Seasonal Foods

Seasonal Foods

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Support Your Local Farmer and Improve Your Diet – A loving note from Coach Noel
It’s easy to stick with health-food staples year round in our modern world. If apples, spinach, carrots, or oranges are your go-to, then it may be wise to keep them coming through the cold months, for your health’s sake. But what’s the cost? Out-of-season produce is more expensive because it either takes more effort (support often coming from green houses or genetic modification/ GMOs) or it is coming from far away. Have you considered the carbon (or ecological) footprint you are leaving when purchasing imported foods? Consider that, when you pay the extra cost for an out-of-season food, you are likely paying for not only labor and cost of production but also the cost of transportation as well. Gas is expensive these days and a trip on a ship, plane, or in a vehicle gets pricey, not to mention the impact of unneeded pollution. Are you willing to pay an extra dollar more for a Mexican avocado, or an apple from New Zealand?Let’s consider the alternative. Small farming businesses are going under left and right, because the competition of huge produce suppliers is on a steady incline. I feel sad when I consider Mom and Pop shops closing doors because corporate monsters are usurping their business, so supporting locally grown foods is a constant goal of mine. A pro to this practice is that locally grown foods tend to be seasonal, plus organic and non-GMO are trending all over California and other states. So where can we find these local goods?Many health-oriented stores (like Whole Foods, Community Markets, and Oliver’s) have nice big signs indicating where food is produced, and there are other initiatives, like Go Local, which stage additional signage. If you’re really ambitious, you can look at the label – many are more telling than you might be aware! My mind was blown when I learned to decode produce stickers’ numerology (PLU Codes), so here’s a quick list that I find helpful:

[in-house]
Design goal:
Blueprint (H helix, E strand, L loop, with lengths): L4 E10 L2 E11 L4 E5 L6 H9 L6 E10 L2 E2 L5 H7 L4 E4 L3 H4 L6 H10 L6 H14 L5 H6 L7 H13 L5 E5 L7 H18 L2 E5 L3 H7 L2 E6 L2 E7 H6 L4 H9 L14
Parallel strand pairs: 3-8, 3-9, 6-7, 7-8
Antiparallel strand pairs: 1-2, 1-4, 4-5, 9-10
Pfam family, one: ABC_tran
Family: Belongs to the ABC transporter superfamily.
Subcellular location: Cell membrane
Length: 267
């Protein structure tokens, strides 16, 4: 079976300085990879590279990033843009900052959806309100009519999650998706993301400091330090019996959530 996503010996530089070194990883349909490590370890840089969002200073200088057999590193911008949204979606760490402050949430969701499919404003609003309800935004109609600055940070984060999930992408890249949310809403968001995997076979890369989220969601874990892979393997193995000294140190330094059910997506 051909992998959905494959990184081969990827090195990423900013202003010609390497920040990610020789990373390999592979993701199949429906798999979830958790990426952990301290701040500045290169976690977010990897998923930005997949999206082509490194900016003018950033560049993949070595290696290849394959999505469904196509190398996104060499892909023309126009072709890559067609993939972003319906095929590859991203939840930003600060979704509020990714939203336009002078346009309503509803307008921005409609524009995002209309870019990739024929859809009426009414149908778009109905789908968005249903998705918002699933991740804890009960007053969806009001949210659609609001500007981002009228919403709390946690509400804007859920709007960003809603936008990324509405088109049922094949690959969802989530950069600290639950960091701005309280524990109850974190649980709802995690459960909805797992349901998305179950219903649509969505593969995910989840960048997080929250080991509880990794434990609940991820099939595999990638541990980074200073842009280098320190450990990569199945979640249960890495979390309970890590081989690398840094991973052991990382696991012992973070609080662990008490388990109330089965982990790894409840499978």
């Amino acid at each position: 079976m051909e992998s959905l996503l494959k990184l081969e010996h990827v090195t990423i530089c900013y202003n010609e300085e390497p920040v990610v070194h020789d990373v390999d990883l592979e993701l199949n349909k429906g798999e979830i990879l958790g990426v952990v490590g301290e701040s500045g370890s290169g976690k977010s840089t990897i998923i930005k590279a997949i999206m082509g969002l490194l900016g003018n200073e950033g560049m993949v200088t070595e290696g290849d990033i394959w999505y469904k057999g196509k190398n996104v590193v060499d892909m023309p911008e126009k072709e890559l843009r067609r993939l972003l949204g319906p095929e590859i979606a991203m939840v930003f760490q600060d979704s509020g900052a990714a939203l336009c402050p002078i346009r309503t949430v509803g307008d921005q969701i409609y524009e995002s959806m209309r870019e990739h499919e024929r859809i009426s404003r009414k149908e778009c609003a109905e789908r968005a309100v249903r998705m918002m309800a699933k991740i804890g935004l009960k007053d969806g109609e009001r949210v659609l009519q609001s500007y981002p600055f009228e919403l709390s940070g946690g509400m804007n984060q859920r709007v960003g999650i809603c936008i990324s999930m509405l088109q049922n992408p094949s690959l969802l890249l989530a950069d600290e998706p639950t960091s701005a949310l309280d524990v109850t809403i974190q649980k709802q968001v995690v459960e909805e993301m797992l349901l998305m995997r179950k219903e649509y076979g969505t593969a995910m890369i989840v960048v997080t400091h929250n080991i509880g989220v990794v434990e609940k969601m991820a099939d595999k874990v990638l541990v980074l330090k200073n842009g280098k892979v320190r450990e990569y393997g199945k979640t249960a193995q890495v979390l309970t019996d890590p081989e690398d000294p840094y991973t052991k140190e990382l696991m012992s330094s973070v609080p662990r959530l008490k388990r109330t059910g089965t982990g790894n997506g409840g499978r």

• Organic produce has a 5 digit PLU number that begins with the number 9
  • Conventional (non-organic) produce has a 4 digit PLU number that begins with the number 4
  • Genetically modified (GMO) produce has a 5 digit PLU number that begins with the number 8

One of my favorite ways to buy local is to purchase from the source. If you haven’t been to a local Farmer’s Market in a while, you are overdue. I like to go with an empty stomach so I have room for samples, bring my own cloth shopping bag, and arrive with only as much cash as I’m willing to spend. If you really want to be cost-effective, showing up at the very end means limited pickings but price drops left and right. The Farm Trails website has a complete list of Sonoma County Farmer’s Markets. Other counties have similar resources, which are just a small web search away.

One last tip:

The Resources page on my website has been freshly updated to December’s Supporting Local theme, with a quick guide to California’s produce per season, so check it out! Fun winter recipes, inspiring lectures and reads, and Featured Businesses are also available, and change monthly. Form submissions are super easy to do, so let me know if you have input for monthly blog ideas, want to sign up for a Free Consultation, or have any other questions to ask. I’m Coach Noel, and I have answers.